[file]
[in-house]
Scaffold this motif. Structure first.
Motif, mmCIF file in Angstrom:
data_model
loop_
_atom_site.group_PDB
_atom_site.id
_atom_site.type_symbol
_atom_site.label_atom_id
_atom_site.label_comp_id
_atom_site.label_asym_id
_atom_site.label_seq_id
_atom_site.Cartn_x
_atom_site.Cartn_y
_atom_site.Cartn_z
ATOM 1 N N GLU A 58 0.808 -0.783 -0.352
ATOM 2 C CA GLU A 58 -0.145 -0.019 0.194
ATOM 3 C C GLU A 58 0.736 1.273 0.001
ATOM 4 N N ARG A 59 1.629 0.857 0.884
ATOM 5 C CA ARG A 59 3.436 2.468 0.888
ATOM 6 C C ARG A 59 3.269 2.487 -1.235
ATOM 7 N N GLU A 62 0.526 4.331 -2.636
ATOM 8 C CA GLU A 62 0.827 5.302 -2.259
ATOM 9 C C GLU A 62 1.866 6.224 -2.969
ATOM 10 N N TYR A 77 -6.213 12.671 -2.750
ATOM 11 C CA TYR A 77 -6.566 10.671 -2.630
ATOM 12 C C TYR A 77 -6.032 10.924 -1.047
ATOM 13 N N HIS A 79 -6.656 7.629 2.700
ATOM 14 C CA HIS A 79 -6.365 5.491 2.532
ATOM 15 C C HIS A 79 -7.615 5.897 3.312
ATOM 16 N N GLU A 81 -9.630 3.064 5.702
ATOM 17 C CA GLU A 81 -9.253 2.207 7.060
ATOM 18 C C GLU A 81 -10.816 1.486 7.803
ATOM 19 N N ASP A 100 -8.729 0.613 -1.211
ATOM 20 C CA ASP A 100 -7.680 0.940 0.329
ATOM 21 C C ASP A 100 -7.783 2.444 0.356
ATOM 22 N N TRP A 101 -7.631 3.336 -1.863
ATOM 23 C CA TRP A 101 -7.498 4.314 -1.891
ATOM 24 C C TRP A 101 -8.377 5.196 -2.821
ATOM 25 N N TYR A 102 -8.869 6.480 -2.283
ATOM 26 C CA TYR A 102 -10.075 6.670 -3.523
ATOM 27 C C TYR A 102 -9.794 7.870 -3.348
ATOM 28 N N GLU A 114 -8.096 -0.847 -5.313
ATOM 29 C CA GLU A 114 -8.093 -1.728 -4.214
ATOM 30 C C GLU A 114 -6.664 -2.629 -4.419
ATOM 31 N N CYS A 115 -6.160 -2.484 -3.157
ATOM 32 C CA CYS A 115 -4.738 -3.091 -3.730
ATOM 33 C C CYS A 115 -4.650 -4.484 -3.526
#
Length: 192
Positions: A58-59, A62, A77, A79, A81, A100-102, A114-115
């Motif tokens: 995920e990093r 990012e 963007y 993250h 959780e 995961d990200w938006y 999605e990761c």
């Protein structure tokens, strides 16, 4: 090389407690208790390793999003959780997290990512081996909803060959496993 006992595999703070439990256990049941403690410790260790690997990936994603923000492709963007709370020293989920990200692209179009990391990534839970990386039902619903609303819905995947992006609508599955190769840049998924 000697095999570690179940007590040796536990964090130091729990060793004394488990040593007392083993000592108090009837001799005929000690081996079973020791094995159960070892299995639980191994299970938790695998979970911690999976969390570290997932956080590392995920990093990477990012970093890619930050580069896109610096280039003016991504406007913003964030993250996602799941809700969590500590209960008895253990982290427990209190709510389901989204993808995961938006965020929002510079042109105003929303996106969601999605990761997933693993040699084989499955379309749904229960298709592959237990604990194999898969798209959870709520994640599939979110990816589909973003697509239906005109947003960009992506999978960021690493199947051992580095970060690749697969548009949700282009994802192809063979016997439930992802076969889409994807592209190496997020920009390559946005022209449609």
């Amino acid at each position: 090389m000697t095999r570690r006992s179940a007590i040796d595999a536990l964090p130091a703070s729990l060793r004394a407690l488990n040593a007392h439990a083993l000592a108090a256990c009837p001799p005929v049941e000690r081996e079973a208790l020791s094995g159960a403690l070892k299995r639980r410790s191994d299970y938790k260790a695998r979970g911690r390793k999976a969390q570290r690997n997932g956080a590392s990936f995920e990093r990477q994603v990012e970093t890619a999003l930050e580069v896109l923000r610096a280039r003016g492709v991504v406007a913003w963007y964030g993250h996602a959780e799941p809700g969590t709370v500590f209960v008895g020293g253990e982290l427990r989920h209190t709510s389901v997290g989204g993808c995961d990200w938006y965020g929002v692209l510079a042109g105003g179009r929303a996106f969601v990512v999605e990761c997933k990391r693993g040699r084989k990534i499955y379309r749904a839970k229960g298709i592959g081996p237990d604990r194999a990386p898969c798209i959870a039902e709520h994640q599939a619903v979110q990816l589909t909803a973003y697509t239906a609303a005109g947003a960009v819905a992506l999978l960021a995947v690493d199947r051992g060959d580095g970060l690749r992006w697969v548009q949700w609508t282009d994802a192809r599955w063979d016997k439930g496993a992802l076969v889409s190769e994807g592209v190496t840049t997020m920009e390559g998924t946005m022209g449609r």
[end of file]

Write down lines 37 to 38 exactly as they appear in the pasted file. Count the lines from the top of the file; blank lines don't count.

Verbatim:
ATOM 22 N N TRP A 101 -7.631 3.336 -1.863
ATOM 23 C CA TRP A 101 -7.498 4.314 -1.891